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People Good At Swearing Have This Major Advantage

People Good At Swearing Have This Major Advantage post image

Researchers find the average number of swear words people can list in 60 seconds — and what it say about them.

People who know more swear words also have stronger verbal abilities, a new study finds.

Knowing how to swear, then, is not a sign of a poor vocabulary — in fact it signals a better vocabulary.

The study tested how many different swear words people could think of in 60 seconds.

This was compared with other non-swearing words, such as animal names and words beginning with a particular letter.

The study found that the average number of swear words people could recall in 60 seconds was 9 (seems low?!).

This compared to an average of 14 non-swear words and 22 different animal words.

The study’s authors write:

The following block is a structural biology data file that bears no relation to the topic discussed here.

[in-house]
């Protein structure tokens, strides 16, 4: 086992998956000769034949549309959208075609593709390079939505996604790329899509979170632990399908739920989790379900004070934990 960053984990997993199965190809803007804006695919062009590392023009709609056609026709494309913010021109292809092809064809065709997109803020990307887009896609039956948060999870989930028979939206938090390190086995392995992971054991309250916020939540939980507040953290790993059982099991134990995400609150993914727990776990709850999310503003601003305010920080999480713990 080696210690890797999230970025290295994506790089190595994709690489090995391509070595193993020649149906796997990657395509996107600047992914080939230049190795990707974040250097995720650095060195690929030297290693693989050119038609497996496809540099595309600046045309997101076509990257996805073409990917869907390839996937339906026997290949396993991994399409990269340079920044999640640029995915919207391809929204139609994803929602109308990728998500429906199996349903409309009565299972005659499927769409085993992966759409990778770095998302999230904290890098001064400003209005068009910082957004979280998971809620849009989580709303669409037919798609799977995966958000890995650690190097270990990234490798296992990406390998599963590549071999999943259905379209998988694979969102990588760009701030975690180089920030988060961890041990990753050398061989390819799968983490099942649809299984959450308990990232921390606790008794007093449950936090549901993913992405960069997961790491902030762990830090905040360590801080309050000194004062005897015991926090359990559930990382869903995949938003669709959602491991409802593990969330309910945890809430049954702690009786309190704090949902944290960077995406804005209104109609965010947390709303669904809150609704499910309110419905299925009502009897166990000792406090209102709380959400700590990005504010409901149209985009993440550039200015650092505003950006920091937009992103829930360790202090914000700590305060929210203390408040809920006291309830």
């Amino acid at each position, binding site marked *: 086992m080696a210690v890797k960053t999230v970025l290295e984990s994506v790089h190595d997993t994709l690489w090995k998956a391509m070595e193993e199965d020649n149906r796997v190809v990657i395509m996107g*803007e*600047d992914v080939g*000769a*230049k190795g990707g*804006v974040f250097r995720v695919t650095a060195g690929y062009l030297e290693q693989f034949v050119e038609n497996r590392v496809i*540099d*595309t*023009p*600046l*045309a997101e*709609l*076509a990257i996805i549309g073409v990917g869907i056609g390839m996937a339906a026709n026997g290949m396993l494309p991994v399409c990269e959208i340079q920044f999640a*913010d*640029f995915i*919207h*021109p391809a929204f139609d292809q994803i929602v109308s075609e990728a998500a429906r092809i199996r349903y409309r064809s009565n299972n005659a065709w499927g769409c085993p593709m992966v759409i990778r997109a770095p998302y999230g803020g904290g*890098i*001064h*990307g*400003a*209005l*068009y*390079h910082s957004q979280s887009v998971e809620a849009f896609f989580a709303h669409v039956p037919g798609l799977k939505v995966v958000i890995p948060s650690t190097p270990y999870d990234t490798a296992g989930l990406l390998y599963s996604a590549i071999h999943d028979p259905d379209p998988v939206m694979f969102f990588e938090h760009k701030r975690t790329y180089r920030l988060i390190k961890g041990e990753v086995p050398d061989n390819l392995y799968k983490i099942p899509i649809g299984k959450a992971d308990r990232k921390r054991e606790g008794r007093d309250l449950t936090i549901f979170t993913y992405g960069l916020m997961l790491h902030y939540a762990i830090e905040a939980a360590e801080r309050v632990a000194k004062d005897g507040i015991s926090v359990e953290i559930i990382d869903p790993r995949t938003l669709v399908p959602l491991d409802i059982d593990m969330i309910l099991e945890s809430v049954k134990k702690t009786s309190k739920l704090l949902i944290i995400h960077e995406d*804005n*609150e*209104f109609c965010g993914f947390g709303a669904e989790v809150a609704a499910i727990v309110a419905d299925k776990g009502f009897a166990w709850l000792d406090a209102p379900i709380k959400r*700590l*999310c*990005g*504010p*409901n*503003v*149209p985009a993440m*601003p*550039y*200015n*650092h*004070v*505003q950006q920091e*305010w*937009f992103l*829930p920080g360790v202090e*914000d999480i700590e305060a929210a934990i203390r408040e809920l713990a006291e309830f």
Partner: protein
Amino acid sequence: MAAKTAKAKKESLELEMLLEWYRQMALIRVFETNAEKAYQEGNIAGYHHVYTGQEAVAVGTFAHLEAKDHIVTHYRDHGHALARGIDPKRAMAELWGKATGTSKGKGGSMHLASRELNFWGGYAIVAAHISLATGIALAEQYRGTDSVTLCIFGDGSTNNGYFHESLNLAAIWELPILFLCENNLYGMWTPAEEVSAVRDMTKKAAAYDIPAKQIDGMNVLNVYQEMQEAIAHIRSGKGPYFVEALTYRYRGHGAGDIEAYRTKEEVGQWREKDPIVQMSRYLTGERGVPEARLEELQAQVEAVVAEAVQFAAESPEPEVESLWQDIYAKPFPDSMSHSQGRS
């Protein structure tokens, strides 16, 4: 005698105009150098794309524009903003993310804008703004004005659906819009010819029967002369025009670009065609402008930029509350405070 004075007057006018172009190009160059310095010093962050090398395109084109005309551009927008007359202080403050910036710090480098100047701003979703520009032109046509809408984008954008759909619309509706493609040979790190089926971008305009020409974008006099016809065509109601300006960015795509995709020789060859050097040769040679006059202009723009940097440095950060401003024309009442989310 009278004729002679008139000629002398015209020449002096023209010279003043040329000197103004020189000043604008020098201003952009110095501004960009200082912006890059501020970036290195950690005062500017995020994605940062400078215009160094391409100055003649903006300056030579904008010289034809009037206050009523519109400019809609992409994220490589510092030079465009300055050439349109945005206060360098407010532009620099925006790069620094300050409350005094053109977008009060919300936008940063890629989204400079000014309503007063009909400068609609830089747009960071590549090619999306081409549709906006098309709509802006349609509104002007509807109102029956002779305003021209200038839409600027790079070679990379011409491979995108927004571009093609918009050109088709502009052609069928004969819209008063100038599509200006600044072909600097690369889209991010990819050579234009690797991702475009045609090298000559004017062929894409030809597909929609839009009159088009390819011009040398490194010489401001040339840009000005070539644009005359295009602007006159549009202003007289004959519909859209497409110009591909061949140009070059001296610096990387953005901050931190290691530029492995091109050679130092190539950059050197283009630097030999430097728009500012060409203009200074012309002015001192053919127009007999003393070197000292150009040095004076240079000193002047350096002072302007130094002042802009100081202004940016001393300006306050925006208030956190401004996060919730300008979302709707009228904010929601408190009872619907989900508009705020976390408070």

“We cannot help but judge others on the basis of their speech.

Unfortunately, when it comes to taboo language, it is a common assumption that people who swear frequently are lazy, do not have an adequate vocabulary, lack education, or simply cannot control themselves.

The overall finding of this set of studies, that taboo fluency is positively correlated with other measures of verbal fluency, undermines the POV [Poverty of Vocabulary] view of swearing.

That is, a voluminous taboo lexicon may better be considered an indicator of healthy verbal abilities rather than a cover for their deficiencies.

Speakers who use taboo words understand their general expressive content as well as nuanced distinctions that must be drawn to use slurs appropriately.”

One caveat: this study does not test or suggest that using lots of swear words is a sign of a larger vocabulary.

It only tested (and found) that knowing them is linked to a larger vocabulary.

So there’s still no excuse for turning the air blue…

…unless, of course, you want to help persuade someone of your point of view.

Yes, incredibly, light swearing at the start or end of a persuasive speech can actually help influence an audience, according to one study on The Persuasive Power of Swearing.

The new study was published in the journal Language Sciences (Jay & Jay, 2015).

Image credit: Jeff Gill



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